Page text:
About eAbsentee and Vote Absentee Virginia
eAbsentee was created to allow voters to apply for an absentee ballot with ease. eAbsentee is sponsored by Vote Absentee Virginia, a not-for-profit 501(c)4 organization based in Falls Church, VA. Vote Absentee Virginia was formed to help broaden voter access across all parties in Virginia. It does not generate revenue from this site; its only source of revenue is civic-minded donors who believe that mailed-out ballots help increase voter participation in our democracy.
Larry RouvelasChair and President Larry grew up in Virginia and lives in Falls Church, VA. He founded Vote Absentee Virginia to make it easier to vote at home. His past civic volunteer activities include serving as President of Tuckahoe Recreation Club and Board Member of the Arlington Long Term Care Residences Commission. He works in senior housing.
Sumanth RatnaDirector of Technology Sumanth is a senior at Thomas Jefferson High School for Science and Technology. He leads the technical development of eAbsentee, while also contributing to the team's outreach and policy efforts to increase voter turnout. Besides civic technology, he likes to work on machine learning and computational biology.
James GreeneDirector of Outreach
James is a junior at Thomas Jefferson High School for Science and Technology. He works to spread awareness of eAbsentee in the hopes of increasing voter turnout. In his free time he enjoys computer programming, playing volleyball, and strumming guitar.
Robert GreeneFormer Director of Outreach
Robert is a freshman at Harvard University. He previously worked on Sen. Amy Klobuchar's presidential campaign, and is passionate about improving voting accessibility. A lifelong Virginia resident, he enjoys politics and improving his community. In his free time, he plays piano, practices martial arts, and cooks.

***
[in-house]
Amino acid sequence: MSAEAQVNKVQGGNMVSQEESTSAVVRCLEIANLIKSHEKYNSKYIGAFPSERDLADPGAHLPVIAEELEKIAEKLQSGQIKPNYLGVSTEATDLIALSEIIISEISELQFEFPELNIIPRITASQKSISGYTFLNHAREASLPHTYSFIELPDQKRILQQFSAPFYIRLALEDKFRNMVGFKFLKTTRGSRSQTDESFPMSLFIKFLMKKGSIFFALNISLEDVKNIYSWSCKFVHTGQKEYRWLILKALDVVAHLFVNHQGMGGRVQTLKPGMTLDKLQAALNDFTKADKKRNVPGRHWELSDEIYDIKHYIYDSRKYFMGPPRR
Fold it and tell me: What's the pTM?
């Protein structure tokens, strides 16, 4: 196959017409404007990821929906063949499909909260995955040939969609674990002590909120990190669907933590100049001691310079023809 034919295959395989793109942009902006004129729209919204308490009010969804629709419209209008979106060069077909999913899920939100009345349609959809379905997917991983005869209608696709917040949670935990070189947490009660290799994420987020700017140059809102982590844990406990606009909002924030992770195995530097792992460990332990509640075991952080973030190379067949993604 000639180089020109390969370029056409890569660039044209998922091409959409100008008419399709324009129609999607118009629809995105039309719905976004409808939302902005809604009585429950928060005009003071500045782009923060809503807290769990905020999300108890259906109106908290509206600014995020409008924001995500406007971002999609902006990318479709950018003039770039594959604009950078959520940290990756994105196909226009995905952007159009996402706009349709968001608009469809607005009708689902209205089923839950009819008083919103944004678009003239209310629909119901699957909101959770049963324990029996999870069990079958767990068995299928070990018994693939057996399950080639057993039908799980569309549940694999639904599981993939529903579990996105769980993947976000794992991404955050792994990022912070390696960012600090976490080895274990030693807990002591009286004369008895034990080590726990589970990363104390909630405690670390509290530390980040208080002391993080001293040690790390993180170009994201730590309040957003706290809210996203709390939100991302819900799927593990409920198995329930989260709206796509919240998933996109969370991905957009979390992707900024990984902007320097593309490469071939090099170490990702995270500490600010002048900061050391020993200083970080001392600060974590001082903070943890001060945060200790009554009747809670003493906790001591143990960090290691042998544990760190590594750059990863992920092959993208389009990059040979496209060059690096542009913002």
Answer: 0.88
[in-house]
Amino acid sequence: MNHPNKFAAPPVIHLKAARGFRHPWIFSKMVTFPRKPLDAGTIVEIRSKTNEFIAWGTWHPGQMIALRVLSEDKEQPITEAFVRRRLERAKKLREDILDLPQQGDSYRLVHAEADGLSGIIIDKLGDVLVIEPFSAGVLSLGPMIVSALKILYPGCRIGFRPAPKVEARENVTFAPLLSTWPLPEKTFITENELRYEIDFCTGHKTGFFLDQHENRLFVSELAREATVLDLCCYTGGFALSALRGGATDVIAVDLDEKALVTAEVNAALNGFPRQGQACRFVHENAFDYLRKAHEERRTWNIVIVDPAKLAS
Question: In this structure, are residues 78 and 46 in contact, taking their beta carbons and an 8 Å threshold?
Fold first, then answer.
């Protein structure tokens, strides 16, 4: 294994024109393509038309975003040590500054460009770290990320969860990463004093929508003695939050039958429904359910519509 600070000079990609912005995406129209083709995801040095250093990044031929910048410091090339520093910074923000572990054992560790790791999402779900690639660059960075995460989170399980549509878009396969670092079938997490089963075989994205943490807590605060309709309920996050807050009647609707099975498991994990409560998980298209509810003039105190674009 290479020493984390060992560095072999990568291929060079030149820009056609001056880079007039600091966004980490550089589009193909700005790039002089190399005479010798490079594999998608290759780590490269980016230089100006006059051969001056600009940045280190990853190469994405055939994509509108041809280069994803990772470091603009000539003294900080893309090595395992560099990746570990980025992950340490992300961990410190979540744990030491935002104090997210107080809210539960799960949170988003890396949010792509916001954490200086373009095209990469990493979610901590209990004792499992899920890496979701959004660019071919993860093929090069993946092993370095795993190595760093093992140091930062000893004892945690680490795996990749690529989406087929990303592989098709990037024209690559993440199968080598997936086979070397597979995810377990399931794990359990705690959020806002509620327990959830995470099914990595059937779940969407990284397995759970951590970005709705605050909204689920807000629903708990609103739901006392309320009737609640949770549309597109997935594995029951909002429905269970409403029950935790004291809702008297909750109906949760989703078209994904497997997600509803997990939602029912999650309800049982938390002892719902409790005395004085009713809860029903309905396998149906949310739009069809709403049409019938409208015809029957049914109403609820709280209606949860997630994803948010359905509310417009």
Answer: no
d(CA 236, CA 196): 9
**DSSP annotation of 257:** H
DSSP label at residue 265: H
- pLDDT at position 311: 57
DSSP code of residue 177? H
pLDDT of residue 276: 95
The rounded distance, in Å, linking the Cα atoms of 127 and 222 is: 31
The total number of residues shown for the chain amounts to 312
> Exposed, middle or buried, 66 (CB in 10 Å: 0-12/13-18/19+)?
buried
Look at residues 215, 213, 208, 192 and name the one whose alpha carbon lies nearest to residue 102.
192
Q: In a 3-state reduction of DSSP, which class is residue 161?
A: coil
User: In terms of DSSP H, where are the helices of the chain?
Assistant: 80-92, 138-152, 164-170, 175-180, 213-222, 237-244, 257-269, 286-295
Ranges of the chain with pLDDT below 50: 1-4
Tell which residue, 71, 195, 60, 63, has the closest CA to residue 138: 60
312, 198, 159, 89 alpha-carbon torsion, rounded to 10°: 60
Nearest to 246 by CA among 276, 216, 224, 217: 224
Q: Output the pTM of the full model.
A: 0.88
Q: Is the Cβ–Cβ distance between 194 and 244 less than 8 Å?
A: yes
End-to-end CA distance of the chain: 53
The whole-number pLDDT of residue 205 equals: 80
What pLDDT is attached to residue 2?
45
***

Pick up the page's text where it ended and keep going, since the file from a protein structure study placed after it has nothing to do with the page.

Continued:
Raunak DagaFormer Director of Technology Raunak was a senior at Thomas Jefferson High School for Science and Technology. He worked on the technical side of eAbsentee, helping groups understand voter trends and visualize data. In past summers, he's interned at George Mason University. He enjoys listening to Mac Miller, playing basketball, and reading in his free time.
On May 13, 2015, the Virginia State Board of Elections approved Republican Speaker Bill Howell's request to authorize the acceptance of electronically-signed absentee ballot applications. His primary challenger sued the State Board of Elections and was rejected by the Stafford County Circuit Court before the June primary date. On July 1, 2015, Innovate Virginia PAC made an electronic ballot application available to all Virginians. The Republican Party of Virginia posted their own portal later in the summer and later that Fall, the Virginia Department of Elections posted an official portal on the state website. Over the last four years, several different organizations created their own portals, including Vote Absentee Virginia.
Aneesh ChopraChief Technology Officer of the United States (2009-2012) Virginia Secretary of Technology (2006-2009)
Scott SurovellVirginia State Senator (D-36)
Attorney at Surovell Isaacs & Levy PLC